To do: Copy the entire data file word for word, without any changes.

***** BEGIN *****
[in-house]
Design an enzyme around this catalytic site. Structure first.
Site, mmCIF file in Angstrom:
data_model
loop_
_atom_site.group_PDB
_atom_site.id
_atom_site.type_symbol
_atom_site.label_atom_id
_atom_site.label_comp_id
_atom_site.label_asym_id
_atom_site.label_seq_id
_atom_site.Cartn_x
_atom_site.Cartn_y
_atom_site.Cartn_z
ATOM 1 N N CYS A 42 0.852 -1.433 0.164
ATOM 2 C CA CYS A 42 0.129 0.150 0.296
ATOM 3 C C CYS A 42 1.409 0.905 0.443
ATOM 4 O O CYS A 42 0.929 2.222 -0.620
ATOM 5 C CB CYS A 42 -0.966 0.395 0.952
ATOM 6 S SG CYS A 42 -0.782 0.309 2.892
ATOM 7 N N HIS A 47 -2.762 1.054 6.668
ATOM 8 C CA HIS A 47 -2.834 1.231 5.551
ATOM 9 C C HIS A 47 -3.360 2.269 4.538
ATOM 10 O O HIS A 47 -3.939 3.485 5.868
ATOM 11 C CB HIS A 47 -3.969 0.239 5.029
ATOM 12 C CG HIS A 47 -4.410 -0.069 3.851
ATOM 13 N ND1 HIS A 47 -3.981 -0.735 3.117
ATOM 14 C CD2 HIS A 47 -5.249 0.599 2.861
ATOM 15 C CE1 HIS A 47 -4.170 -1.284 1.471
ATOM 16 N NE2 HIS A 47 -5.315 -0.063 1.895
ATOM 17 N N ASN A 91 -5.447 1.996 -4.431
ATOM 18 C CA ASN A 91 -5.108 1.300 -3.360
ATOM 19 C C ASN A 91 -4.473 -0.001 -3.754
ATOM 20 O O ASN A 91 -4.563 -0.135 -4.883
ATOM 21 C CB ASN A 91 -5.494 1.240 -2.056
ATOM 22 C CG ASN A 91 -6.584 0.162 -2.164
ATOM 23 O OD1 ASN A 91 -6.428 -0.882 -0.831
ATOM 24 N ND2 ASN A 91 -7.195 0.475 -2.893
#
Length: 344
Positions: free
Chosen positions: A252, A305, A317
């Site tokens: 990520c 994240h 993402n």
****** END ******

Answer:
[in-house]
Design an enzyme around this catalytic site. Structure first.
Site, mmCIF file in Angstrom:
data_model
loop_
_atom_site.group_PDB
_atom_site.id
_atom_site.type_symbol
_atom_site.label_atom_id
_atom_site.label_comp_id
_atom_site.label_asym_id
_atom_site.label_seq_id
_atom_site.Cartn_x
_atom_site.Cartn_y
_atom_site.Cartn_z
ATOM 1 N N CYS A 42 0.852 -1.433 0.164
ATOM 2 C CA CYS A 42 0.129 0.150 0.296
ATOM 3 C C CYS A 42 1.409 0.905 0.443
ATOM 4 O O CYS A 42 0.929 2.222 -0.620
ATOM 5 C CB CYS A 42 -0.966 0.395 0.952
ATOM 6 S SG CYS A 42 -0.782 0.309 2.892
ATOM 7 N N HIS A 47 -2.762 1.054 6.668
ATOM 8 C CA HIS A 47 -2.834 1.231 5.551
ATOM 9 C C HIS A 47 -3.360 2.269 4.538
ATOM 10 O O HIS A 47 -3.939 3.485 5.868
ATOM 11 C CB HIS A 47 -3.969 0.239 5.029
ATOM 12 C CG HIS A 47 -4.410 -0.069 3.851
ATOM 13 N ND1 HIS A 47 -3.981 -0.735 3.117
ATOM 14 C CD2 HIS A 47 -5.249 0.599 2.861
ATOM 15 C CE1 HIS A 47 -4.170 -1.284 1.471
ATOM 16 N NE2 HIS A 47 -5.315 -0.063 1.895
ATOM 17 N N ASN A 91 -5.447 1.996 -4.431
ATOM 18 C CA ASN A 91 -5.108 1.300 -3.360
ATOM 19 C C ASN A 91 -4.473 -0.001 -3.754
ATOM 20 O O ASN A 91 -4.563 -0.135 -4.883
ATOM 21 C CB ASN A 91 -5.494 1.240 -2.056
ATOM 22 C CG ASN A 91 -6.584 0.162 -2.164
ATOM 23 O OD1 ASN A 91 -6.428 -0.882 -0.831
ATOM 24 N ND2 ASN A 91 -7.195 0.475 -2.893
#
Length: 344
Positions: free
Chosen positions: A252, A305, A317
């Site tokens: 990520c 994240h 993402n």